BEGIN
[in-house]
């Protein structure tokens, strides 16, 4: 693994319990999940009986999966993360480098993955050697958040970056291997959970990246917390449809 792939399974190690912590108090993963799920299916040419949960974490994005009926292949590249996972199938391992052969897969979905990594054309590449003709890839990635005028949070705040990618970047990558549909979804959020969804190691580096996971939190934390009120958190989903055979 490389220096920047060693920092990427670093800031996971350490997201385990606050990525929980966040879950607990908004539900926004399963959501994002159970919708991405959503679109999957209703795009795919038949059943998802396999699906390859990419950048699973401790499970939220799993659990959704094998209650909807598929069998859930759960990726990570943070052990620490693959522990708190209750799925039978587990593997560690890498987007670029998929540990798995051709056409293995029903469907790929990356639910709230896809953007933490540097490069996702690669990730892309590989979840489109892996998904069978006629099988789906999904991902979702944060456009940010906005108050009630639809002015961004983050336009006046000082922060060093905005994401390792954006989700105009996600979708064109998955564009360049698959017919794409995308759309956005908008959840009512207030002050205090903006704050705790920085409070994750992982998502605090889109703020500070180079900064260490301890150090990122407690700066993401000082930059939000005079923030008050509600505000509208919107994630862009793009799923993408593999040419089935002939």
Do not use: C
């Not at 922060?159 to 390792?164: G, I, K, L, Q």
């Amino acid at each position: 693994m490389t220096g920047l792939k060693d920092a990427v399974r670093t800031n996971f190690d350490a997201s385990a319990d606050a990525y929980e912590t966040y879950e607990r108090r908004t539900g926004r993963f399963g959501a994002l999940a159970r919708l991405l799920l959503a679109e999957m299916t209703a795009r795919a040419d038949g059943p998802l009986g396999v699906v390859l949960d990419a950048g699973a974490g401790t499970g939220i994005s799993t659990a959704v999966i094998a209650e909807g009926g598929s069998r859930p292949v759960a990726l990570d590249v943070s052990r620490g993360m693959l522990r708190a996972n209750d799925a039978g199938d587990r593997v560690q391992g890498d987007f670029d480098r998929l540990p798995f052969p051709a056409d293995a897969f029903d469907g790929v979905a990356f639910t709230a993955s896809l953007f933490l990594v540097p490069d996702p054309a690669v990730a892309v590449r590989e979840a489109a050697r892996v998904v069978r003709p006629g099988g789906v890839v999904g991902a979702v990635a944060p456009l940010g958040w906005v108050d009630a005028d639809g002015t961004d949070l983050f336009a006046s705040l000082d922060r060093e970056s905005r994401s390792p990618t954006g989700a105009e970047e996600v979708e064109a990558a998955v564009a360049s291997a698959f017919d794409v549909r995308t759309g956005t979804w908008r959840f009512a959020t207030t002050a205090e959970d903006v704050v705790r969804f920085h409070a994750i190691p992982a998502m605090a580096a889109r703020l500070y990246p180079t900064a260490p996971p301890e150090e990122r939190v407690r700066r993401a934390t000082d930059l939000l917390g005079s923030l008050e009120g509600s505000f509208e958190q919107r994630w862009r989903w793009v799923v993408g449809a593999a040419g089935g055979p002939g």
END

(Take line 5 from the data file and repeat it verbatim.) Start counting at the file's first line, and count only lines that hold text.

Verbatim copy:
């Amino acid at each position: 693994m490389t220096g920047l792939k060693d920092a990427v399974r670093t800031n996971f190690d350490a997201s385990a319990d606050a990525y929980e912590t966040y879950e607990r108090r908004t539900g926004r993963f399963g959501a994002l999940a159970r919708l991405l799920l959503a679109e999957m299916t209703a795009r795919a040419d038949g059943p998802l009986g396999v699906v390859l949960d990419a950048g699973a974490g401790t499970g939220i994005s799993t659990a959704v999966i094998a209650e909807g009926g598929s069998r859930p292949v759960a990726l990570d590249v943070s052990r620490g993360m693959l522990r708190a996972n209750d799925a039978g199938d587990r593997v560690q391992g890498d987007f670029d480098r998929l540990p798995f052969p051709a056409d293995a897969f029903d469907g790929v979905a990356f639910t709230a993955s896809l953007f933490l990594v540097p490069d996702p054309a690669v990730a892309v590449r590989e979840a489109a050697r892996v998904v069978r003709p006629g099988g789906v890839v999904g991902a979702v990635a944060p456009l940010g958040w906005v108050d009630a005028d639809g002015t961004d949070l983050f336009a006046s705040l000082d922060r060093e970056s905005r994401s390792p990618t954006g989700a105009e970047e996600v979708e064109a990558a998955v564009a360049s291997a698959f017919d794409v549909r995308t759309g956005t979804w908008r959840f009512a959020t207030t002050a205090e959970d903006v704050v705790r969804f920085h409070a994750i190691p992982a998502m605090a580096a889109r703020l500070y990246p180079t900064a260490p996971p301890e150090e990122r939190v407690r700066r993401a934390t000082d930059l939000l917390g005079s923030l008050e009120g509600s505000f509208e958190q919107r994630w862009r989903w793009v799923v993408g449809a593999a040419g089935g055979p002939g």